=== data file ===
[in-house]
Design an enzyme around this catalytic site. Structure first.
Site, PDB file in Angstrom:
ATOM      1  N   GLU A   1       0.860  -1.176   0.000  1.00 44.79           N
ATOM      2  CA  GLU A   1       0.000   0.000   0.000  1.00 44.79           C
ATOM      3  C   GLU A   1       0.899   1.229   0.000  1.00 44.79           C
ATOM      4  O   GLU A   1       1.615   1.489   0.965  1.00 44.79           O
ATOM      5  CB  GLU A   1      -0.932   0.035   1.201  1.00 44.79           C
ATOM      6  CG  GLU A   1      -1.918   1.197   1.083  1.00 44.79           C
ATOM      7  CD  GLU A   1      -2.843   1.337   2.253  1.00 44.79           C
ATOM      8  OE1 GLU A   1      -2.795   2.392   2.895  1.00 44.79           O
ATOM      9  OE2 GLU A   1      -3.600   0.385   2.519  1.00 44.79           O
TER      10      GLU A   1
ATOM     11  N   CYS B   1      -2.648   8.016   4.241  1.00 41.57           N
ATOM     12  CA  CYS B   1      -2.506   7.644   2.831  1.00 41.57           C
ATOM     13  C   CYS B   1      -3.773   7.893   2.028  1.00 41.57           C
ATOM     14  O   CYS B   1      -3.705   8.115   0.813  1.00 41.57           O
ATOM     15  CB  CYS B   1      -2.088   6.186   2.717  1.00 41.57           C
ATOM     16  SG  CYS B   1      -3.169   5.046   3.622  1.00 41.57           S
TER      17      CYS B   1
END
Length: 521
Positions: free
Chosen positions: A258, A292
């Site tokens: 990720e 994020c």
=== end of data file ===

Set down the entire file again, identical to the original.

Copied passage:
[in-house]
Design an enzyme around this catalytic site. Structure first.
Site, PDB file in Angstrom:
ATOM      1  N   GLU A   1       0.860  -1.176   0.000  1.00 44.79           N
ATOM      2  CA  GLU A   1       0.000   0.000   0.000  1.00 44.79           C
ATOM      3  C   GLU A   1       0.899   1.229   0.000  1.00 44.79           C
ATOM      4  O   GLU A   1       1.615   1.489   0.965  1.00 44.79           O
ATOM      5  CB  GLU A   1      -0.932   0.035   1.201  1.00 44.79           C
ATOM      6  CG  GLU A   1      -1.918   1.197   1.083  1.00 44.79           C
ATOM      7  CD  GLU A   1      -2.843   1.337   2.253  1.00 44.79           C
ATOM      8  OE1 GLU A   1      -2.795   2.392   2.895  1.00 44.79           O
ATOM      9  OE2 GLU A   1      -3.600   0.385   2.519  1.00 44.79           O
TER      10      GLU A   1
ATOM     11  N   CYS B   1      -2.648   8.016   4.241  1.00 41.57           N
ATOM     12  CA  CYS B   1      -2.506   7.644   2.831  1.00 41.57           C
ATOM     13  C   CYS B   1      -3.773   7.893   2.028  1.00 41.57           C
ATOM     14  O   CYS B   1      -3.705   8.115   0.813  1.00 41.57           O
ATOM     15  CB  CYS B   1      -2.088   6.186   2.717  1.00 41.57           C
ATOM     16  SG  CYS B   1      -3.169   5.046   3.622  1.00 41.57           S
TER      17      CYS B   1
END
Length: 521
Positions: free
Chosen positions: A258, A292
């Site tokens: 990720e 994020c």